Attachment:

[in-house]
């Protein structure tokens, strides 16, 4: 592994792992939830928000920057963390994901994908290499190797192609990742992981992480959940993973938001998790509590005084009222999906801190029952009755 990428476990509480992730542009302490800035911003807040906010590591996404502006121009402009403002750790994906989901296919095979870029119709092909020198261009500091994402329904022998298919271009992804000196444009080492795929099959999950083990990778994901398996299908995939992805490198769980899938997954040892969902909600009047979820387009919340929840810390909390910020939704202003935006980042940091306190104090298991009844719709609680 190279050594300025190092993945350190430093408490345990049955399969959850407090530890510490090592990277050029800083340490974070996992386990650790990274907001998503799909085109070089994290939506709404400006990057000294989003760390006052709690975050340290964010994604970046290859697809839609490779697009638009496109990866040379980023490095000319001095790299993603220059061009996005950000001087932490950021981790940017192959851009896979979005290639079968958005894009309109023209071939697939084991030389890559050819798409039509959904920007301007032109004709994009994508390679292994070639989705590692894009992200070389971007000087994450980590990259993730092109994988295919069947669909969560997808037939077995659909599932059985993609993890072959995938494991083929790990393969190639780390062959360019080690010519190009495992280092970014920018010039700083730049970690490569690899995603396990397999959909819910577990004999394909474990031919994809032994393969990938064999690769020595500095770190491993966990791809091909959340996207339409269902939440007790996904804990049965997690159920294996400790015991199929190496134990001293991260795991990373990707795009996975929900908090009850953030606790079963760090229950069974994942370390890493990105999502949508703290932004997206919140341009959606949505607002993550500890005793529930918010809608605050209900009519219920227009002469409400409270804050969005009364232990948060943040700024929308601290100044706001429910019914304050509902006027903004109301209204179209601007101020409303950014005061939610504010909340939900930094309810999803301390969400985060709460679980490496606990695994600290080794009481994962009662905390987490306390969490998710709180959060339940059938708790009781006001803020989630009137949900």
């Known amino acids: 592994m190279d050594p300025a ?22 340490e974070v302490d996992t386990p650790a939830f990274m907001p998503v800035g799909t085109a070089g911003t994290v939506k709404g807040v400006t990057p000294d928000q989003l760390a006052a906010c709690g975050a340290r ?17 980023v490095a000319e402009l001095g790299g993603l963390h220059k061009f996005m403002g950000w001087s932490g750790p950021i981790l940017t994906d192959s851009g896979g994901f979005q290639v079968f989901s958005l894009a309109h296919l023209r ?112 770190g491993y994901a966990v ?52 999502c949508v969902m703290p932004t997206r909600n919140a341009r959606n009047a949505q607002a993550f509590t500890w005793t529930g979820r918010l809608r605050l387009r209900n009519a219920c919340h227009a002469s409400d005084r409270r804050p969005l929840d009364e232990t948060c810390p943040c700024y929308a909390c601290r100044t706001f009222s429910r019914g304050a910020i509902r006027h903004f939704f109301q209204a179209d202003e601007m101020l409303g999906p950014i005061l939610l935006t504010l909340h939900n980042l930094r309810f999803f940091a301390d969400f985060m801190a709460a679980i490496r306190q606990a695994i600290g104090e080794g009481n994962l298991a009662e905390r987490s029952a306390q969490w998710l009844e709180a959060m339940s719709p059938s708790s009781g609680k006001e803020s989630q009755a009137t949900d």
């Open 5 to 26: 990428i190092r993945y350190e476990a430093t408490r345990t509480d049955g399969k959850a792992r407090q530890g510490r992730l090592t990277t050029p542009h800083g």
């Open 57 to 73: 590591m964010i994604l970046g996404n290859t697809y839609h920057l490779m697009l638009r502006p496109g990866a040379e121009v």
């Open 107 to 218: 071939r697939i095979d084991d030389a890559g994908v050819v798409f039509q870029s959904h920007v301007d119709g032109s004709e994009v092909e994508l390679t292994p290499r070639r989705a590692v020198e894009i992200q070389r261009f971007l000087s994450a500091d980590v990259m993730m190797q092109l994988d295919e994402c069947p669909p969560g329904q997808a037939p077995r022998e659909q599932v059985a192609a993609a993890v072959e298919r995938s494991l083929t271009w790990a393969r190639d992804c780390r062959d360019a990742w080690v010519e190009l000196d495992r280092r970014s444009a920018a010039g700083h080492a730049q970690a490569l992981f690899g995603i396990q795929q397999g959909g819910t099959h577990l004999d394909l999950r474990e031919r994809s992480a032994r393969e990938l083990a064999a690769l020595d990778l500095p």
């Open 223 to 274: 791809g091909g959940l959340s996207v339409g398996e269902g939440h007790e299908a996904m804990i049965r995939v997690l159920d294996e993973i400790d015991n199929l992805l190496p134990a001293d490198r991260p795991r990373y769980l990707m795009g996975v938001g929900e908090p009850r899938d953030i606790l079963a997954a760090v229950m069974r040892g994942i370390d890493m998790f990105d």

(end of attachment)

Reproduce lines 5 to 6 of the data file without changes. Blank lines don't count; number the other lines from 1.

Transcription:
């Open 57 to 73: 590591m964010i994604l970046g996404n290859t697809y839609h920057l490779m697009l638009r502006p496109g990866a040379e121009v």
């Open 107 to 218: 071939r697939i095979d084991d030389a890559g994908v050819v798409f039509q870029s959904h920007v301007d119709g032109s004709e994009v092909e994508l390679t292994p290499r070639r989705a590692v020198e894009i992200q070389r261009f971007l000087s994450a500091d980590v990259m993730m190797q092109l994988d295919e994402c069947p669909p969560g329904q997808a037939p077995r022998e659909q599932v059985a192609a993609a993890v072959e298919r995938s494991l083929t271009w790990a393969r190639d992804c780390r062959d360019a990742w080690v010519e190009l000196d495992r280092r970014s444009a920018a010039g700083h080492a730049q970690a490569l992981f690899g995603i396990q795929q397999g959909g819910t099959h577990l004999d394909l999950r474990e031919r994809s992480a032994r393969e990938l083990a064999a690769l020595d990778l500095p």